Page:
We would develop a primary cell line against LSCD.

Describe and justify the potential public health impact1 of the proposal:

The essence of our idea is to investigate the clinical outcome of ocular surface reconstruction in limbal stem cell deficiency (LSCD) using cultivated limbal stem cell transplantation and to develop a limbal stem cell bank for South Indian population.

Describe and justify the technical feasibility2 of the proposal:

Ex vivo expansion of cultured limbal epithelial stem cells seeded on a matrix derived


Principally CEWG criterion 1 but others may be relevant e.g. Equity/distributive effect including on availability and affordability of products and impact on access and delivery.


Principally CEWG criterion 4 but others may be relevant e.g. Rational and equitable use of resources/efficiency considerations



from human amniotic membrane would be bioengineered to circumvent potential complications related to conjunctival limbal autograft transplantation.

Confirmation of growth can be done by various methods including direct observation, whole mount stained preparation, histopathology, immunohistochemistry, thymidine incorporation and by flow cytometry using markers for cell cycle.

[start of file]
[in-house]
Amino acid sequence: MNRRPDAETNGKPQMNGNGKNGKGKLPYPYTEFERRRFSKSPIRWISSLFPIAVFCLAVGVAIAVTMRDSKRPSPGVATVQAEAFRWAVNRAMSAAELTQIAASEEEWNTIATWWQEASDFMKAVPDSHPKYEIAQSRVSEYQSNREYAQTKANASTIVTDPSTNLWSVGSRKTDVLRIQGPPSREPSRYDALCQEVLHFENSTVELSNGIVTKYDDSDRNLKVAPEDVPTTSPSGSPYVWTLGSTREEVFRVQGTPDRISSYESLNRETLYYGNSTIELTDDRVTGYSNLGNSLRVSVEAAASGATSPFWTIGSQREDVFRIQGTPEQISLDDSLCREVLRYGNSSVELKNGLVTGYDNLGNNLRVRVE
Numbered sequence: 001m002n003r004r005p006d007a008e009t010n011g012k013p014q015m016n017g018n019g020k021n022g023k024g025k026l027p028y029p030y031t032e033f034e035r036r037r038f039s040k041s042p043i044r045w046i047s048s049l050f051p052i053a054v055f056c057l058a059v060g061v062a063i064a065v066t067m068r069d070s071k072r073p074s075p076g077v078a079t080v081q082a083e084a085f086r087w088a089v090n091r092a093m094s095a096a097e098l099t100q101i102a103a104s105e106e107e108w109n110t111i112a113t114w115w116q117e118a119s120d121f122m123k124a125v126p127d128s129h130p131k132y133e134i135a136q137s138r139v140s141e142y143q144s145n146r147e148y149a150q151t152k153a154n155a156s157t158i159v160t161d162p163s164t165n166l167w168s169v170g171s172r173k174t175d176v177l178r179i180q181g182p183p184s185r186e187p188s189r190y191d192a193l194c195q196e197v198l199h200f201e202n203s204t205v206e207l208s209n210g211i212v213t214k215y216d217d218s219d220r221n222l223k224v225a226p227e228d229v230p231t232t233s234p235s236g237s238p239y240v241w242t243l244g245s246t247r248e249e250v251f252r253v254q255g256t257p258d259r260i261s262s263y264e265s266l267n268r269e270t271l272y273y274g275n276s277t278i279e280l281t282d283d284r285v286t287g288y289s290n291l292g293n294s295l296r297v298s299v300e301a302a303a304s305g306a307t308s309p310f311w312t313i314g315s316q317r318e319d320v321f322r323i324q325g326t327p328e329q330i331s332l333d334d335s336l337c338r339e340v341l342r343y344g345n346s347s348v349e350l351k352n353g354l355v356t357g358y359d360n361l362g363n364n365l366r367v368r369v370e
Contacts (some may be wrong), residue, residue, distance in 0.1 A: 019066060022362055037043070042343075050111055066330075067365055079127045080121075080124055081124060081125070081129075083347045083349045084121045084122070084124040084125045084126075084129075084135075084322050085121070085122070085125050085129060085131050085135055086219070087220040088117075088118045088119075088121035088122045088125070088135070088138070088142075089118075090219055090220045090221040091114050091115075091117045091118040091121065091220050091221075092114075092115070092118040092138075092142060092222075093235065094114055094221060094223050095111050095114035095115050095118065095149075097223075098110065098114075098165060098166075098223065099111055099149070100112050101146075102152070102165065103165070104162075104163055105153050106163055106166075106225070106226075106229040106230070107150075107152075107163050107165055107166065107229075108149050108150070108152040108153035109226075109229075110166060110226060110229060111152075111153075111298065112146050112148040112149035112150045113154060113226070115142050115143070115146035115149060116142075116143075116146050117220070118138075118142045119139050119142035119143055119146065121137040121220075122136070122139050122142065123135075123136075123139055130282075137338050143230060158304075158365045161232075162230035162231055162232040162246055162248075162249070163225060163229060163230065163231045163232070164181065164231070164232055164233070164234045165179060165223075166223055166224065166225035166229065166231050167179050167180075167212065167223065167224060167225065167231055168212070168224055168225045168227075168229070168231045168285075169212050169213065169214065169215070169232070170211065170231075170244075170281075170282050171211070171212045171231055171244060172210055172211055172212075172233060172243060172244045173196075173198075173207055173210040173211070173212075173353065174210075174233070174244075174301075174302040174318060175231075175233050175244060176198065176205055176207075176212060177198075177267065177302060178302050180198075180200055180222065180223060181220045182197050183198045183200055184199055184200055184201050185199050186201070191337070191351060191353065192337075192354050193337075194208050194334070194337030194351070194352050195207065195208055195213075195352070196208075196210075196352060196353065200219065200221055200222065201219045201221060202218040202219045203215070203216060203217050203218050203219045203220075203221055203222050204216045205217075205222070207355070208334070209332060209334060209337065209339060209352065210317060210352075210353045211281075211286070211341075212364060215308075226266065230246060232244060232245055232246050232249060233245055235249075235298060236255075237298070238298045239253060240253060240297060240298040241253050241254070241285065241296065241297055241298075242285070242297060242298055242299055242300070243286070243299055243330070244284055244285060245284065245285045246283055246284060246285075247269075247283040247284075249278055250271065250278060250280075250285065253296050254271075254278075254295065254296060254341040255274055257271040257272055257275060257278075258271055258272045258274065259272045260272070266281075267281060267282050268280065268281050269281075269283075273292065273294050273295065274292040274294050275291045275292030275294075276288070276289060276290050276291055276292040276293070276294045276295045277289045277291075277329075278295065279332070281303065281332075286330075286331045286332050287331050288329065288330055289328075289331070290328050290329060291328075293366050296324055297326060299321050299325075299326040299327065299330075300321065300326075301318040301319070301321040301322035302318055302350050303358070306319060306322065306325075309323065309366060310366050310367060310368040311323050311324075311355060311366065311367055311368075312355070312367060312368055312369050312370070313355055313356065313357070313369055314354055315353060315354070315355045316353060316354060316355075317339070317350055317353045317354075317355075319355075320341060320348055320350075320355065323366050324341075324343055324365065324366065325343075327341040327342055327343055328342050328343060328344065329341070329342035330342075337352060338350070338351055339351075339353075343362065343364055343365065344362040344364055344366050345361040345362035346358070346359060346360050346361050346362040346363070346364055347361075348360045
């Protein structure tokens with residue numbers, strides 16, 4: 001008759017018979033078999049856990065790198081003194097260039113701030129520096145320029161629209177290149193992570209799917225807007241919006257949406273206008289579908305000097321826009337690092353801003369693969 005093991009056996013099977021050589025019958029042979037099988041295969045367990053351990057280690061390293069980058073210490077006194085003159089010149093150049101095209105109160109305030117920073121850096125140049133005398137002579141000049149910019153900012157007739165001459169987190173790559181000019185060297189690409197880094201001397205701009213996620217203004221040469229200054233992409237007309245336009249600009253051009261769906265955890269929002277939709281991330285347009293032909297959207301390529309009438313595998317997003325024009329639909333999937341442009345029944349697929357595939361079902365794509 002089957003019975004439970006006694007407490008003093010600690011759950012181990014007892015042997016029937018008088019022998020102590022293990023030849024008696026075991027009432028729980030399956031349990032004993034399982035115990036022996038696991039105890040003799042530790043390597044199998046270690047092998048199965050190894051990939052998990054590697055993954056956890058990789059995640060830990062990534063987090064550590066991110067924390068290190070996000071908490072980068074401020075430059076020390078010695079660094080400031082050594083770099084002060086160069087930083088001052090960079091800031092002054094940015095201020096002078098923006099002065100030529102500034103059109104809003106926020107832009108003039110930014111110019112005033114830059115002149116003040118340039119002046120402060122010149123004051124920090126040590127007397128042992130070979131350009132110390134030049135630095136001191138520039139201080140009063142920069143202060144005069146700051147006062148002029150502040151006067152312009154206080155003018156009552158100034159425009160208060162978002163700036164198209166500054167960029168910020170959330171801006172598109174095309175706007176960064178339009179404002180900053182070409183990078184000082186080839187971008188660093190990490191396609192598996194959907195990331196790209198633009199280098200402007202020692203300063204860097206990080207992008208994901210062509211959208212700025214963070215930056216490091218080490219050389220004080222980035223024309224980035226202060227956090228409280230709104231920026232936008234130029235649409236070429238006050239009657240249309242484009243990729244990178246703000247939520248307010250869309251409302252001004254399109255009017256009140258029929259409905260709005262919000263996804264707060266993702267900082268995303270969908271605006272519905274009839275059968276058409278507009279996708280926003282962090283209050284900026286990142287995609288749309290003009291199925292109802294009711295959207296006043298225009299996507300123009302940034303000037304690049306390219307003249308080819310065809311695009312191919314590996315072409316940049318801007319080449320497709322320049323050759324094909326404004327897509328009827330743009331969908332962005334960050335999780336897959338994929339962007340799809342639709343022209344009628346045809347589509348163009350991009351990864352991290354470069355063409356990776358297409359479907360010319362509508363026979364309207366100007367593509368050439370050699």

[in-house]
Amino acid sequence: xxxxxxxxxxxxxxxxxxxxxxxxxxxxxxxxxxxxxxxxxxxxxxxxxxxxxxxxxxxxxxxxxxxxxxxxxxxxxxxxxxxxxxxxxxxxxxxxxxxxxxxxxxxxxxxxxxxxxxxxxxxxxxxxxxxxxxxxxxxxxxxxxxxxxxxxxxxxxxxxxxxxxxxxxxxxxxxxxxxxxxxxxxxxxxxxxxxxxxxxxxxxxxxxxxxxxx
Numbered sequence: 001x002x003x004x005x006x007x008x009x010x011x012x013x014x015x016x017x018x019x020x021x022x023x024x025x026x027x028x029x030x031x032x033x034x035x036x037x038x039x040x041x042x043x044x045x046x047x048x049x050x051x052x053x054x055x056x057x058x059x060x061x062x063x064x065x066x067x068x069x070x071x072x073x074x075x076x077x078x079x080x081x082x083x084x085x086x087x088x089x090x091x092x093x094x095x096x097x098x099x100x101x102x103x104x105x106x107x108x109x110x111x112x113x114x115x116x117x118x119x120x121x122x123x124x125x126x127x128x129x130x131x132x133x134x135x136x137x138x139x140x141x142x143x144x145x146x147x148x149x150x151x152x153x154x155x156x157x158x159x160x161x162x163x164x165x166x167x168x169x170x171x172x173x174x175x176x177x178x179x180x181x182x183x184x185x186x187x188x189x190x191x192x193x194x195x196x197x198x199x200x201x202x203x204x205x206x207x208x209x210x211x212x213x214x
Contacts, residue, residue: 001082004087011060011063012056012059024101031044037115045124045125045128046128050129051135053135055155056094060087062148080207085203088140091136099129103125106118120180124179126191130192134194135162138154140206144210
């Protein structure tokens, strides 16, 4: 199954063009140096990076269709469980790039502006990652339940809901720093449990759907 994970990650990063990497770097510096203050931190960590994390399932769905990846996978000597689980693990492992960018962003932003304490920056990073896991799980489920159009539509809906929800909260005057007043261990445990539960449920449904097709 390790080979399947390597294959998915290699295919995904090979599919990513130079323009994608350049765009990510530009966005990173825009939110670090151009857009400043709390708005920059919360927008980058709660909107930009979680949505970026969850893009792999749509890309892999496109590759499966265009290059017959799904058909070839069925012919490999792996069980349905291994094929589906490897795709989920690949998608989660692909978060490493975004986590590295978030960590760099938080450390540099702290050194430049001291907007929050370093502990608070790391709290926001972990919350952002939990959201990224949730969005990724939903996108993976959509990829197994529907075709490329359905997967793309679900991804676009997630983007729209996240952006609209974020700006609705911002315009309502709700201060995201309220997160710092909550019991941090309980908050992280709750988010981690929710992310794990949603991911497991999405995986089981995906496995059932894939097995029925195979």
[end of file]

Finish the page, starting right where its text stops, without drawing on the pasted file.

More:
Surgery would be done after two weeks. At the time of surgery, complete removal of the corneal pannus and conjunctiva up to 3 mm from the limbus would be performed. Allogeneic and autologous cultivated corneal epithelial equivalents would be transplanted onto the ocular surface.

Describe and justify the financial feasibility1 of the proposal:


(Limbal stem cell cultivation, cell line development) - 75,000 USD Clinical Testing (Up to 6 months) - 25,000 USD

Total - 100,000 USD

Development of stem cell bank would require further funding.